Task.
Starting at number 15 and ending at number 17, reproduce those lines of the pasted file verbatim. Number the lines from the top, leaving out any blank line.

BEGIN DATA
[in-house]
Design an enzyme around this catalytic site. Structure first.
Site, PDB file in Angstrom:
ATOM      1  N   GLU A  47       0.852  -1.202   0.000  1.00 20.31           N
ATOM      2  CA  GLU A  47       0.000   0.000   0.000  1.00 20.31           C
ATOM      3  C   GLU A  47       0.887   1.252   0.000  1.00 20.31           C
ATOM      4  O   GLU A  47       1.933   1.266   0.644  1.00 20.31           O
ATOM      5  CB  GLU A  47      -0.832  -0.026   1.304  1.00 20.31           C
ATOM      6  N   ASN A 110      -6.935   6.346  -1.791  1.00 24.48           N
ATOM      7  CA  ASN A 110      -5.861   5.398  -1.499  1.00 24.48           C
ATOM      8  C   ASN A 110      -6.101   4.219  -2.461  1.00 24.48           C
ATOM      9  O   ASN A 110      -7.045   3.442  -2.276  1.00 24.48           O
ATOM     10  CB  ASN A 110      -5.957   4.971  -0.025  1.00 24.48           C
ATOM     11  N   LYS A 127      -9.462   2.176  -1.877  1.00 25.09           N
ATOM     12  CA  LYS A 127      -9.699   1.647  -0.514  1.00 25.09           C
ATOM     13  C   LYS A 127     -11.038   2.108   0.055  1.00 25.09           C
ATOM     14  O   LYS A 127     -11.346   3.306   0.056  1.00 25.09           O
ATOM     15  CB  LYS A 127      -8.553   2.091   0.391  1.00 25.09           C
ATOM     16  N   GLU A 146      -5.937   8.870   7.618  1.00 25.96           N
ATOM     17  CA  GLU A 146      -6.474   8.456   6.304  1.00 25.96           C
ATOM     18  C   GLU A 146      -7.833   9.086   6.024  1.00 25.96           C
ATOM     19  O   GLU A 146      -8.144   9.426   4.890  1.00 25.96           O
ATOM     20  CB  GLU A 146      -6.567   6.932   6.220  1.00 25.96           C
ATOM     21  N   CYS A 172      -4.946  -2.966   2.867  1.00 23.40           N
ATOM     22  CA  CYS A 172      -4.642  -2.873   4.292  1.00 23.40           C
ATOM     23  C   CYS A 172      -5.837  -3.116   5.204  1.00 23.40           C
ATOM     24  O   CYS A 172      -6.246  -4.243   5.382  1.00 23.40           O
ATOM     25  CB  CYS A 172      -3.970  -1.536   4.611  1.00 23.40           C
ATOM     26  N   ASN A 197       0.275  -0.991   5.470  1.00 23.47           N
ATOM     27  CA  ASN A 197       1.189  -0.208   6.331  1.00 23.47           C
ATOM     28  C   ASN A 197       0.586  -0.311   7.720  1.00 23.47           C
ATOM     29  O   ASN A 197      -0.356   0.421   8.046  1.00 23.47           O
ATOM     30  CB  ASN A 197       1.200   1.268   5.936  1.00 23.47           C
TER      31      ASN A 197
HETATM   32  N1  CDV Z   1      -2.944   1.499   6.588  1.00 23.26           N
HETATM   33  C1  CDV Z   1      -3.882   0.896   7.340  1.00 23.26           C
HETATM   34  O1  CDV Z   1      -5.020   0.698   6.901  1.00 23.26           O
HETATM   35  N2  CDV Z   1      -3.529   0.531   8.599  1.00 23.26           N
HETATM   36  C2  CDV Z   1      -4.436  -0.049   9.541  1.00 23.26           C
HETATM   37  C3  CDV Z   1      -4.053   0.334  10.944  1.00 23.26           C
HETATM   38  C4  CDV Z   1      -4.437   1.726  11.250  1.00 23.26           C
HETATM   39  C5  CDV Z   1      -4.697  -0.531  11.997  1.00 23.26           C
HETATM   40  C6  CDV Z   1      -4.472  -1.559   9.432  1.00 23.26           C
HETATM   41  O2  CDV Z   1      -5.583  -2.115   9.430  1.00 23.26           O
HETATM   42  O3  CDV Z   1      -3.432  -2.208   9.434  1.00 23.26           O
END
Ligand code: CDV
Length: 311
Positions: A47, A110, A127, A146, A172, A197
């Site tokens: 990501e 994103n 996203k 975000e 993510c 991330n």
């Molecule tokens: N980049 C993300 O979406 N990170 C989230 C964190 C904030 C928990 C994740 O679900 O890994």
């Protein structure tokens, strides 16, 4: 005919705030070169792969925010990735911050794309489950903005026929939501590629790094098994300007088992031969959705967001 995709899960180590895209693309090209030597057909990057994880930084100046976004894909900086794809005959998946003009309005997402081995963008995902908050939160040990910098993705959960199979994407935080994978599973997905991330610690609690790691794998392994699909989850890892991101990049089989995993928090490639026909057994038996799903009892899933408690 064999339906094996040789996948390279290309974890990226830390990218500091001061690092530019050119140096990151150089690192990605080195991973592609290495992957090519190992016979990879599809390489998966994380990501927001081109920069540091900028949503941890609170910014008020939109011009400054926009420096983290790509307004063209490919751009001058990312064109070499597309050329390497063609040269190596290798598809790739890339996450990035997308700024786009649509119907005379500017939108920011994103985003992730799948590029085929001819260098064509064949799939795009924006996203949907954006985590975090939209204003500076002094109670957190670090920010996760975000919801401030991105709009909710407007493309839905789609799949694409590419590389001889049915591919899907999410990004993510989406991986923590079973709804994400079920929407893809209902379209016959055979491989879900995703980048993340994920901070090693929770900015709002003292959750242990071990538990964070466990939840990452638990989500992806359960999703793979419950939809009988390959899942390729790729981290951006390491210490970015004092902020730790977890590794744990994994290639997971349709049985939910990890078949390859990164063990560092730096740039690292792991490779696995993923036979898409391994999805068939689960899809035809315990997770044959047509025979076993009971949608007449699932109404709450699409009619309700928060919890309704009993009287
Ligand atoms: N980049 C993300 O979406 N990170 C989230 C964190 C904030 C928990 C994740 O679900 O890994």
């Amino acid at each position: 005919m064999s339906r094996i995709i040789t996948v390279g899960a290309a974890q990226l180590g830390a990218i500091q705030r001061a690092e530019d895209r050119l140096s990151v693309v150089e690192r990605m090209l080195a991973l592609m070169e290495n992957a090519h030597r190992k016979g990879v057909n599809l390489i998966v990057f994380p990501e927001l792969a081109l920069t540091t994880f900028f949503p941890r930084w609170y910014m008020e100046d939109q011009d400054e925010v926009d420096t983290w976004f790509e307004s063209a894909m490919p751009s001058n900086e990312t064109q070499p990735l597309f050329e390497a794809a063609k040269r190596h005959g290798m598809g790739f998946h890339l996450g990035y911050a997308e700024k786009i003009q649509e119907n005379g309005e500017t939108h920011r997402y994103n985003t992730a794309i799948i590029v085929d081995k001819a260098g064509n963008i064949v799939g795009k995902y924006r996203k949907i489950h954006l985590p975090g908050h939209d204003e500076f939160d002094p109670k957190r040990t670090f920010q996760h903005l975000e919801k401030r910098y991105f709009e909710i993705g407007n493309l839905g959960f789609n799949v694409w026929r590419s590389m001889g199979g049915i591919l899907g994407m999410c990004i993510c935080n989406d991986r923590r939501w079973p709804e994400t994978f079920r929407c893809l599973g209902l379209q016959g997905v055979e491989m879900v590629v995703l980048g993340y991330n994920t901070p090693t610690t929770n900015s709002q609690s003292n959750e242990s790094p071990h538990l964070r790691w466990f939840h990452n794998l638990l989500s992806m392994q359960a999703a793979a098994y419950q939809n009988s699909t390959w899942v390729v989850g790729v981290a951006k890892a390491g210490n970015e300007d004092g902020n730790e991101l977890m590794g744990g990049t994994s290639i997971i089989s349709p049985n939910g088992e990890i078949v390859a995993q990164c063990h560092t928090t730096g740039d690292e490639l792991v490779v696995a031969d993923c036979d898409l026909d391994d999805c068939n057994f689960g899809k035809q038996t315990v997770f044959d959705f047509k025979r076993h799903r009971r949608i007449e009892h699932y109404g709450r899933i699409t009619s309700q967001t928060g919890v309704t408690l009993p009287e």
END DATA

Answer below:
ATOM     12  CA  LYS A 127      -9.699   1.647  -0.514  1.00 25.09           C
ATOM     13  C   LYS A 127     -11.038   2.108   0.055  1.00 25.09           C
ATOM     14  O   LYS A 127     -11.346   3.306   0.056  1.00 25.09           O